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I wanted to make sure I understood the purpose of interface contracts. I understand that they are contracts with unimplemented functions, but wanted to make sure I understood all the ways programmers use them practically. As I understand it, smart contract programmers create contracts that inherit from interface contracts so:

  1. They can refer to interface contract files to make sure their implementations of the functions within it have the same input and output types. However, type congruity is not actually enforced because any functions the programmer implements in the child smart contract overrides the unimplemented functions in the interface (which are implicitly virtual).

  2. They can ensure all functions included in the interface contract are implemented by them. If the programmer forgets to implement all functions in the child contract they created, they have accidentally created an abstract contract and an error will be raised.

Is this essentially how interface contracts are used?

1 Answer 1

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In Object Oriented Programming (OOP), interfaces act as a 'contract' that the implementing classes need to forcibly implement. It let us know what our class is and allows us to use the concept of Polymorphism.

In Smart Contracts, interfaces are used for the same purpose; specify the structure of a smart contract, and allow polymorphism (since we can create multiple different contracts that implement the same interface and behave differently, but still use them through the interface). Using interfaces in our smart contracts is useful because we don't have to have a copy of the smart contracts we are going to use beforehand.

For example, the following code does not use interfaces, but the Vet contract wants to treat multiple animals the same way (don't worry about this, it's just a simple example). So, without interfaces, it has to have all the references of the contracts it needs to work with and compile with them. It will not be able to add any other animals in the future because smart contracts are immutable, and it has to have specific functions and duplicated logic, for each animal:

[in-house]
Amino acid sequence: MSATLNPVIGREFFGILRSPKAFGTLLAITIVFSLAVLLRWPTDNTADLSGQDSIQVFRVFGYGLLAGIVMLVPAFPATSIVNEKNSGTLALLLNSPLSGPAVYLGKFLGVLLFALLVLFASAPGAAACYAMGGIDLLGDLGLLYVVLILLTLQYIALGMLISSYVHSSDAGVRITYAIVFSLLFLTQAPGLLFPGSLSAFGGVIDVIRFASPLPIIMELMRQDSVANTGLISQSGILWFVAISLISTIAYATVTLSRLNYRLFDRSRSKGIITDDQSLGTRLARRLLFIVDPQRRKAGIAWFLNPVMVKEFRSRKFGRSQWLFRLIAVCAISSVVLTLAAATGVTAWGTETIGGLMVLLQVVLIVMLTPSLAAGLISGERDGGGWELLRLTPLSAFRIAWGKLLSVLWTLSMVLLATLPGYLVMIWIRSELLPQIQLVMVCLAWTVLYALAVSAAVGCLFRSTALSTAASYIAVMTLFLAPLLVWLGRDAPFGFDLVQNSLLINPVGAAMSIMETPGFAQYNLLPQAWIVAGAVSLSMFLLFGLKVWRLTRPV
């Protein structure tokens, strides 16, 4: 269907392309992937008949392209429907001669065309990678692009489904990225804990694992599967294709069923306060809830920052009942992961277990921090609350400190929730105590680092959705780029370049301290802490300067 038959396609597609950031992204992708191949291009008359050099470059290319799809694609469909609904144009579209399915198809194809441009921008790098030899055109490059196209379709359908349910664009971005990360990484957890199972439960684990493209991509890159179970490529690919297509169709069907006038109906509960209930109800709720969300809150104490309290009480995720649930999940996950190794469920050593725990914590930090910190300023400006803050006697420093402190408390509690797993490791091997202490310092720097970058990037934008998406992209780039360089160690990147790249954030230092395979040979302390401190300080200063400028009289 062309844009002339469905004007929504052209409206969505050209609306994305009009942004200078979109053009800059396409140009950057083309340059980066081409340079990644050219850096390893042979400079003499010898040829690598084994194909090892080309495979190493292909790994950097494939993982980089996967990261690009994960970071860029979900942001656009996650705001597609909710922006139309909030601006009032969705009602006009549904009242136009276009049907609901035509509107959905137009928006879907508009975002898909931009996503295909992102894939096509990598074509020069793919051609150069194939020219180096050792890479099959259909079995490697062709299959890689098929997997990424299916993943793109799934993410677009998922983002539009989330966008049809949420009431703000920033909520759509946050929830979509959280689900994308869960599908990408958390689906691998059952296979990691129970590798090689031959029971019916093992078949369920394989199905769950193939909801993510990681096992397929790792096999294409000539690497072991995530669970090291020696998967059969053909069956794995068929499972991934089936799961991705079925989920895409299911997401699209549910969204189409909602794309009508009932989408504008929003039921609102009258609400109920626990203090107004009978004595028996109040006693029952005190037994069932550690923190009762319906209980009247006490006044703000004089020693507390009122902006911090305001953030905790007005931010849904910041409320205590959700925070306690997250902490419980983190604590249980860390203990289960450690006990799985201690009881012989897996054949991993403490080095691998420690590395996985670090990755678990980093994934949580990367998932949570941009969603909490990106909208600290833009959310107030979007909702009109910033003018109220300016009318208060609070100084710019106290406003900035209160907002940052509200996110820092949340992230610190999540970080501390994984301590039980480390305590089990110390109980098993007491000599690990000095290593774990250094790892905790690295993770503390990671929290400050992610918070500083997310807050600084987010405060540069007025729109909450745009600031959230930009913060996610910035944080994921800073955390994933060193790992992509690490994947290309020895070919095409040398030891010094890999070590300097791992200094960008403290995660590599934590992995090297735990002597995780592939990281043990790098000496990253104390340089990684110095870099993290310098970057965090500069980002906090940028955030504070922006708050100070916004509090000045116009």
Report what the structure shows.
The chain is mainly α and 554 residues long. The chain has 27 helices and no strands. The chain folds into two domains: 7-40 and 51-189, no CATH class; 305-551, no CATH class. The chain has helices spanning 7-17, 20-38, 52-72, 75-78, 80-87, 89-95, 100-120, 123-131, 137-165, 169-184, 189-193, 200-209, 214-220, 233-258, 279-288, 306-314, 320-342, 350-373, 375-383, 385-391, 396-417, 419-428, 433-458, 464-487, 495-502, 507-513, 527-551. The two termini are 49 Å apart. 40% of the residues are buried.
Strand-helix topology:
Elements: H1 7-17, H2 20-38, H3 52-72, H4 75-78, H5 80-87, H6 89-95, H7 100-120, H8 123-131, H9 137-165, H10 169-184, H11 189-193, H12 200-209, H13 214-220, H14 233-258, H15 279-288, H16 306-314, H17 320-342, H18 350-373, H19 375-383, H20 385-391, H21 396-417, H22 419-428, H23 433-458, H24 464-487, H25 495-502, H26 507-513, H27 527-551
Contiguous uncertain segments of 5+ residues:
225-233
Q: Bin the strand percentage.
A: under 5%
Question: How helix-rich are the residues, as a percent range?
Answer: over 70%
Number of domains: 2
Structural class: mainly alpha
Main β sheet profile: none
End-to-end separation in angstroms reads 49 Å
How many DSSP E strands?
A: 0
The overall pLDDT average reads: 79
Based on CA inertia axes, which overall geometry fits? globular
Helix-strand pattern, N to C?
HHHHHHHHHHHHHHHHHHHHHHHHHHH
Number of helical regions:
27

contract Dog {
    function woof() external {
        // do something related to dog
        // woof
    }
}

contract Cat {
    function meow() external {
        // do something related to dog
        // woof
    }
}

contract Vet {

    function treatDog(address _dogAddress) public {
        Dog dog = Dog(_dogAddress);
        dog.woof();
    }

    function treatCat(address _catAddress) public {
        Cat cat = Cat(_catAddress);
        cat.meow();
    }

}

But with interfaces, the Vet contract can dynamically treat any animal without knowing the details of its implementation. The new animal just has to implement the IAnimal interfaces and the Vet contract can certainly work with it, dynamically, thanks to polymorphism:

interface IAnimal {
    function makeSound() external;
}

contract Dog is IAnimal {
    function makeSound() external {
        // do something related to dog
        // woof
    }
}

contract Cat is IAnimal {
    function makeSound() external {
        // do something related to cat
        // meow
    }
}

contract Vet {

    function treatAnimal(address _animalAddress) public {
        // Casting the _animalAddress address to the `IAnimal` interface reference, to polymorphically handle any animal.
        // If _animalAddress belongs to a Cat, then animal.makeSound will sound like a cat, if it belongs to a bear, then it will make a bear sound, and so on.
        IAnimal animal = IAnimal(_animalAddress);
        animal.makeSound();
    }

}

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